NEW YORK (AP) -- U.S. stocks are little changed Wednesday afternoon with utility companies rising and consumer companies falling after weak results from retailers like Target and Lowe's. The Federal Reserve said it could raise interest rates soon, but investors appeared to feel that the move won't happen too quickly.
KEEPING SCORE: The Dow Jones industrial average added 5 points to 18,557 as of 2:35 p.m. Eastern time. The Standard & Poor's 500 index gained 1 point to 2,179. The Nasdaq composite lost 3 points to 5,224.
WAITING FOR MINUTES: The Federal Reserve released the minutes from its late July meeting. Officials at the central bank felt near-term risks to the U.S. economy have diminished as job growth recovered and said another boost in interest rates might be warranted soon. But the Fed doesn't appear to be in a hurry to raise those rates. Utility companies made the biggest gain in afternoon trading, as low interest rates make their big dividend payments more appealing. The stocks were down earlier in the day. Phone companies and household goods makers also reversed course and traded higher.
Bond prices turned higher and the yield on the 10-year Treasury note fell to 1.55 percent from 1.58 percent. The dollar weakened, falling to 100.13 yen from 100.25 yen. The euro rose to $1.1299 from $1.1277. In recent days the Fed's decision to leave rates unchanged has weakened the dollar, helping exporters.
HOW LOWE CAN IT GO: Home improvement retailer Lowe's cut its annual profit forecast after it reported mixed quarterly results including lower-than-expected earnings and weak sales at older stores. Its stock $4.77, or 5.9 percent, to $76.71.
OFF TARGET: Retailer Target skidded after it cut its annual profit forecast and lowered its estimates for sales at older stores. Target is facing stiff competition and analysts say it's had trouble with grocery sales. The stock fell $4.48, or 5.9 percent, to $71.
FLIP THE SWITCH: Utilities made some of the biggest gains. Dominion Resources rose $1.66, or 2.2 percent, to $76.34 and Xcel Energy gained 54 cents, or 1.3 percent, to $42.18.
NO DOUBT-FITTERS: Urban Outfitters jumped after it disclosed solid second-quarter results. Sales at older stores improved, surprising analysts who expected a decline. The stock gained $4.90, or 15.7 percent, to $36.14.
SKIP TO THE END: Barnes & Noble tumbled after the book seller said CEO Ronald Boire is leaving after less than a year in the job. The company said its board determined that Boire was not a good fit. Chairman and former CEO Leonard Riggio, who was scheduled to retire next month, will stay with the company as it seeks a new CEO.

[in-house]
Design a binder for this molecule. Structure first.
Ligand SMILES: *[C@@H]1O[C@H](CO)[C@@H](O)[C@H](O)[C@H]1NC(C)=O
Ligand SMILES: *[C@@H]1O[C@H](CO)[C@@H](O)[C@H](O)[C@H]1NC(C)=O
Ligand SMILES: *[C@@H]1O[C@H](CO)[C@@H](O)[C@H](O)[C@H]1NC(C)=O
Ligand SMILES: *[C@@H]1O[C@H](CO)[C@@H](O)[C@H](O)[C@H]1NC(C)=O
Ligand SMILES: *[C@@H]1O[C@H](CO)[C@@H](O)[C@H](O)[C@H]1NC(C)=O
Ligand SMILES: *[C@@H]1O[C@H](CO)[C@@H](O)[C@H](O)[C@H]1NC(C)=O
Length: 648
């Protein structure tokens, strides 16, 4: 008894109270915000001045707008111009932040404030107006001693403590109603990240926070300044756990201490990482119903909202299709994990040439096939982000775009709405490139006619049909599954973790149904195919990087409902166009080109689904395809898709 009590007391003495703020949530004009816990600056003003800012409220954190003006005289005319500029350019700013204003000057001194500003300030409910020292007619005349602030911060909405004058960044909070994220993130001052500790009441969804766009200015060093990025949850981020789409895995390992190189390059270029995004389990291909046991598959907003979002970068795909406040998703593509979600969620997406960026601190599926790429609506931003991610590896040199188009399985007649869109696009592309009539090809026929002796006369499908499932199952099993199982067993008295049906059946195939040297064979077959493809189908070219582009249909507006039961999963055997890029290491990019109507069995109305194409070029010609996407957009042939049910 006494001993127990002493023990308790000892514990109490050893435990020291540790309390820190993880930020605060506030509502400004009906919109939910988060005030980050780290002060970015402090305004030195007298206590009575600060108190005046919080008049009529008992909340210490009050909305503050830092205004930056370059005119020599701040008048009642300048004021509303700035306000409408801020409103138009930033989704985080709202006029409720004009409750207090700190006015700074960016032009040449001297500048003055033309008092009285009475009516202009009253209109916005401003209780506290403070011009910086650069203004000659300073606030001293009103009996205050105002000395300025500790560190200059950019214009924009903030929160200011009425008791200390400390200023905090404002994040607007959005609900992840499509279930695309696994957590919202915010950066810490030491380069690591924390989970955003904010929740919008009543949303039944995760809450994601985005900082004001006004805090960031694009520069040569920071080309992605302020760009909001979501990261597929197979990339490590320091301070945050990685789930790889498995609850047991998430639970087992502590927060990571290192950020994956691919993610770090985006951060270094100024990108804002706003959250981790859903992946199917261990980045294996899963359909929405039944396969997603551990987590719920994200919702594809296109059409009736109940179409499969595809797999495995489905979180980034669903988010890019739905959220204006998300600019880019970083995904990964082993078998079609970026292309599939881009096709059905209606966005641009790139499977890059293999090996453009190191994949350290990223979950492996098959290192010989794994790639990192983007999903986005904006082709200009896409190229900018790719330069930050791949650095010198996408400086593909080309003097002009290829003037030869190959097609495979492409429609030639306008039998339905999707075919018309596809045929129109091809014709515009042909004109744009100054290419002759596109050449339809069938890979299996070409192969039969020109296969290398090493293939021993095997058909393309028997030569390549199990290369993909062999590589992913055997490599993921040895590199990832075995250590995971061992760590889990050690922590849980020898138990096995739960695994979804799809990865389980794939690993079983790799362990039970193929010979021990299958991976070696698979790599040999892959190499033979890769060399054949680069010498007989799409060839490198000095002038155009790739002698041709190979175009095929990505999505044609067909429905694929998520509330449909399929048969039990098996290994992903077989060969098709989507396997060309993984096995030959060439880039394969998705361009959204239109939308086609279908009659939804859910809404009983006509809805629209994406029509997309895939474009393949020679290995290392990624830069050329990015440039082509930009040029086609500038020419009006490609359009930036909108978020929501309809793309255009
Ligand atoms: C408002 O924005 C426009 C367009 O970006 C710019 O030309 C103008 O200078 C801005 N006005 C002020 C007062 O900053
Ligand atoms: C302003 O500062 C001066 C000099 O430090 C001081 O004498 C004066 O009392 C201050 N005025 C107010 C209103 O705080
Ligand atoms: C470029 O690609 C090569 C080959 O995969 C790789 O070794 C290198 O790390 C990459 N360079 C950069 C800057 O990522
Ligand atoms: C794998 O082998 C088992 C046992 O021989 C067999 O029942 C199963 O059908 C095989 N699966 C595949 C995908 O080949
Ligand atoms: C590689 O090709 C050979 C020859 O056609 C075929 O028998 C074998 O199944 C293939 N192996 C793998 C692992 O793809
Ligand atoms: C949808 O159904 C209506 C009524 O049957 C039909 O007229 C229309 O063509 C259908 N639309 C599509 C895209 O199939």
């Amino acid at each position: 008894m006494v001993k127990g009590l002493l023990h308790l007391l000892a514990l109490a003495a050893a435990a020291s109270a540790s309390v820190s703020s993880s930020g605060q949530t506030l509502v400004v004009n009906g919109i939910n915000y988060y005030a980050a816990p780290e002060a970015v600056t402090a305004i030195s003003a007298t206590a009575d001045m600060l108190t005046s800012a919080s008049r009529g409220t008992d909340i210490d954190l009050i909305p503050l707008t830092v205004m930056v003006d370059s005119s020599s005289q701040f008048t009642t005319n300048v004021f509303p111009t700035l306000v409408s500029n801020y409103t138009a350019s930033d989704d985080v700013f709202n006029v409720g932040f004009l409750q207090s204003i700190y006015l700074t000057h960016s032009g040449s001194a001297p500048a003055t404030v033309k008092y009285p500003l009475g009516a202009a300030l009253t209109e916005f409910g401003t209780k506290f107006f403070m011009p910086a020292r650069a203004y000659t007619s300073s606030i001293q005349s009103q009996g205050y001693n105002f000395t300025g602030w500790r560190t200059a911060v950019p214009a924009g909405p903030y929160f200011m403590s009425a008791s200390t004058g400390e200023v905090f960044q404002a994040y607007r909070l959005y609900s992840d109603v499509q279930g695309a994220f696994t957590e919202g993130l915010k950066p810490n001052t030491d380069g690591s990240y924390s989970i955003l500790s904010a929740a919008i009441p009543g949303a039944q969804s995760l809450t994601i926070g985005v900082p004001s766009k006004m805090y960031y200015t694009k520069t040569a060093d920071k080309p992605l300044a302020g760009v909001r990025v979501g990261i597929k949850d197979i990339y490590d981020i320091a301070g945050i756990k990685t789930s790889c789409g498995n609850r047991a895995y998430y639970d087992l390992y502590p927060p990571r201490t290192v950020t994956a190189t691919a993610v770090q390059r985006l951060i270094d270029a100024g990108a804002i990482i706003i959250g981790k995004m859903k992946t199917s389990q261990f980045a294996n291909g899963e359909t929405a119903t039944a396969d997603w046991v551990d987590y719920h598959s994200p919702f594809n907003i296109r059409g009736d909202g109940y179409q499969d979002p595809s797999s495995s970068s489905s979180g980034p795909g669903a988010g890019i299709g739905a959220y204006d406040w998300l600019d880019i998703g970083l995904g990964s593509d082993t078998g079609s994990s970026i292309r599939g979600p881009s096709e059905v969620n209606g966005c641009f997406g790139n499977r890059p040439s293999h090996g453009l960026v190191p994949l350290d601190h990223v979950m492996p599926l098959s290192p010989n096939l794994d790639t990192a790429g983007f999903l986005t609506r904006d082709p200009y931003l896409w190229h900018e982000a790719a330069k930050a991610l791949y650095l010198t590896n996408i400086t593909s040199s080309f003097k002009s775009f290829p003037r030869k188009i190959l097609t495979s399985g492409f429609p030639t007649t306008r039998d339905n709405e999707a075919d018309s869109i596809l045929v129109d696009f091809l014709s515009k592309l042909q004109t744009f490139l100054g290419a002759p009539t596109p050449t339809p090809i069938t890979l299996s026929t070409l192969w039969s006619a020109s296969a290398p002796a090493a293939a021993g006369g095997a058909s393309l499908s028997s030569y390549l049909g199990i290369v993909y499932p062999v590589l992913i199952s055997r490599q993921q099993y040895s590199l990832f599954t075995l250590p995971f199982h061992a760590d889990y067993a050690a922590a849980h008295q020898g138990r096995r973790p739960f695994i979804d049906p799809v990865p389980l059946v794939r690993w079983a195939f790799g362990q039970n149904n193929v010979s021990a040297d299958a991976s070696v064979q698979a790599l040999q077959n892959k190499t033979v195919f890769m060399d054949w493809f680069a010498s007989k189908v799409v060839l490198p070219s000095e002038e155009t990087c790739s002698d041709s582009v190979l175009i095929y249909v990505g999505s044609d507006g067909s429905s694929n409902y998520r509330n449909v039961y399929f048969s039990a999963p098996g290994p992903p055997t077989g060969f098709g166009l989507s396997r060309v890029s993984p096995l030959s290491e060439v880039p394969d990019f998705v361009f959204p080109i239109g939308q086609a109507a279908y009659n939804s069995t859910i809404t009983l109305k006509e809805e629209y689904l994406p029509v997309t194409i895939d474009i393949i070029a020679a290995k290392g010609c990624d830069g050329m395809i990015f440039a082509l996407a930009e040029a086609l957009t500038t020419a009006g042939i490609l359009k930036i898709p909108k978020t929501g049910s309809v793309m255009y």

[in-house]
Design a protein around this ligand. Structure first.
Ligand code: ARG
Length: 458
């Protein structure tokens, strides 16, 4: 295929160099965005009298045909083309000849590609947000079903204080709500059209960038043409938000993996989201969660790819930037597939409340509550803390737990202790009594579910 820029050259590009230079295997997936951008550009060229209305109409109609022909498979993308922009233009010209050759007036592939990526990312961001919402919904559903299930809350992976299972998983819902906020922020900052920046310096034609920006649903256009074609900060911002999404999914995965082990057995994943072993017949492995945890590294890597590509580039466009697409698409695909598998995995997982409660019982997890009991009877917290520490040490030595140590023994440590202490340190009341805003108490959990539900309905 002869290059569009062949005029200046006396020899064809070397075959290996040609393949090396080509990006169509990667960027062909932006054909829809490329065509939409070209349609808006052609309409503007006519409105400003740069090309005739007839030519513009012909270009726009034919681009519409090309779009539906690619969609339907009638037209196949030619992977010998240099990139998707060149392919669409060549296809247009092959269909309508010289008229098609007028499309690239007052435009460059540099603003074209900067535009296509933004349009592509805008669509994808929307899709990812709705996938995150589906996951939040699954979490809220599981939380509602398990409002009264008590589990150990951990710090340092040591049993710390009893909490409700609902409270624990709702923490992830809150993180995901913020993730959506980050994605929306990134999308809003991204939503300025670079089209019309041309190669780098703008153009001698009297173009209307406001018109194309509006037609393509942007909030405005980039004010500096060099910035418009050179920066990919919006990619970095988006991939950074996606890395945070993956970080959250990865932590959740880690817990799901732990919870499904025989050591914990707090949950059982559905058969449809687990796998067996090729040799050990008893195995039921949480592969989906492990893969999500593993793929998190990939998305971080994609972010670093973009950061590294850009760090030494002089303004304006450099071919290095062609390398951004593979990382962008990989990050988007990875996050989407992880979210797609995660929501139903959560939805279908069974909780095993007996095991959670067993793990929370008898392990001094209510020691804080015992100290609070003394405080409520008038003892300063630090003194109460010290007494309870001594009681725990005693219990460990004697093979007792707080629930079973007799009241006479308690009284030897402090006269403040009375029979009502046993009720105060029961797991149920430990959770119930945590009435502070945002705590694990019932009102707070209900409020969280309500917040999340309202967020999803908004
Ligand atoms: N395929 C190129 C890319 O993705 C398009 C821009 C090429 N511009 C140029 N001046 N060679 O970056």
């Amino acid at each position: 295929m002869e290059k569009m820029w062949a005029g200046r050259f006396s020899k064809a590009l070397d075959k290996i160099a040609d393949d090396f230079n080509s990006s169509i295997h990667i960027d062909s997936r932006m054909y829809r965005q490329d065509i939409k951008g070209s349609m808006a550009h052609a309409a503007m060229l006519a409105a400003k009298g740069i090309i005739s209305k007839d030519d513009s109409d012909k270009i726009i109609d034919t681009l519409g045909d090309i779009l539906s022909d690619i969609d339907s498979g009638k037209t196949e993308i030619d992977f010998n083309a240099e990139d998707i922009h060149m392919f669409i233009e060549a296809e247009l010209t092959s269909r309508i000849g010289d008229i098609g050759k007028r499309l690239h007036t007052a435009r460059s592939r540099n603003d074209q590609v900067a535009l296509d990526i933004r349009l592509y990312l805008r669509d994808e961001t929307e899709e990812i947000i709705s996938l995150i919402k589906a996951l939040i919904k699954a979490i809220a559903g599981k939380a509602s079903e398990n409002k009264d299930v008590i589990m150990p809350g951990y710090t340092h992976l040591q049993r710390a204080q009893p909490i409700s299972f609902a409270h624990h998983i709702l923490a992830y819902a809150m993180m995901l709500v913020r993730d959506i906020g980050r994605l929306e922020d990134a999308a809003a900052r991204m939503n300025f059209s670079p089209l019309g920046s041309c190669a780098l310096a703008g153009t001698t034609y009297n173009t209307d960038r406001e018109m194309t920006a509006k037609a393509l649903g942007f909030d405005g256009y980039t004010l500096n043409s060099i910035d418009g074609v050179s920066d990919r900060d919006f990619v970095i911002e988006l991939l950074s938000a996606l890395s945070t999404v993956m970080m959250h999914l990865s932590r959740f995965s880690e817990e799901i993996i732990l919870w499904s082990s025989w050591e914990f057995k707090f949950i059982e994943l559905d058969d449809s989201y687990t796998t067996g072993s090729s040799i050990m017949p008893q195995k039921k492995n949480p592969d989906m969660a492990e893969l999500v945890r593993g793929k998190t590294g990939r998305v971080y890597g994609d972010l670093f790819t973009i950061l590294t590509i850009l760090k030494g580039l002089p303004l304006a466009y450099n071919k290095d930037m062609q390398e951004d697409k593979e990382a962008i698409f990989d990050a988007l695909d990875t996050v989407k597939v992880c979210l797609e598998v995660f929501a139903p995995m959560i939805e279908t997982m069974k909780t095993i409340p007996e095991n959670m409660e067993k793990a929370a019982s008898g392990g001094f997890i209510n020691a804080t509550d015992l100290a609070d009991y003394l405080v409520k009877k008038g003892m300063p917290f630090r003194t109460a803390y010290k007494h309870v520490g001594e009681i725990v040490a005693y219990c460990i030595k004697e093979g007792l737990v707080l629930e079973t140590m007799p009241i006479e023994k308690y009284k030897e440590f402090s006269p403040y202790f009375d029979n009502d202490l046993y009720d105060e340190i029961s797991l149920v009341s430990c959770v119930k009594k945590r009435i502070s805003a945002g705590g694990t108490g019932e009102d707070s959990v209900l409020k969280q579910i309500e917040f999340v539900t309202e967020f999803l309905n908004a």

Barnes & Noble has been cutting costs and closing stores as it copes with people doing more of their shopping online and at discount stores. Its stock sank $1.62, or 12.1 percent, to $11.76.
TURNING OUT THE LIGHTS: Lighting maker Cree forecast disappointing earnings for the current quarter, and its sales estimate was far weaker than analysts expected. Cree shares slumped $3.95, or 14.4 percent, to $23.53.
THAT WASN'T EASY: Staples' quarterly results were about equal to Wall Street projections, but analysts weren't impressed with its forecast of further sales declines. Its stock fell 69 cents, or 7.4 percent, to $8.64. Rival Office Depot lost 24 cents, or 6.2 percent, to $3.55.
OIL: The Energy Information Administration said U.S. crude oil inventories shrank by 2.5 million barrels last week and gas stockpiles decreased by 2.7 million barrels. The declines were larger than expected, which is generally good for oil prices. Benchmark U.S. crude added 21 cents to $46.79 a barrel in New York. Brent crude, used to price international oils, inched up 63 cents, or 1.3 percent, to $49.86 a barrel in London.
METALS: The price of gold fell $8.10 to $1,348.80 an ounce. Silver fell 23 cents, or 1.1 percent, to $19.65 an ounce. Copper gave up 2 cents to $2.15 a pound.
HONG KONG STOCK LINK: China's Cabinet approved an initiative that would give foreign investors more access to Chinese stocks by linking exchanges in Hong Kong and the mainland city of Shenzhen. Hong Kong is Chinese territory but its financial system is open to foreign investors while mainland markets are sealed off. A similar measure to link Hong Kong with the Shanghai stock exchange took effect in 2014.
OVERSEAS: France's CAC-40 dropped 1 percent while Germany's DAX shed 1.3 percent. London's FTSE 100 declined 0.5 percent. The Hang Seng in Hong Kong was off 0.5 percent and in Tokyo the Nikkei 225 gained 0.9 percent. South Korea's Kospi rose 0.9 percent.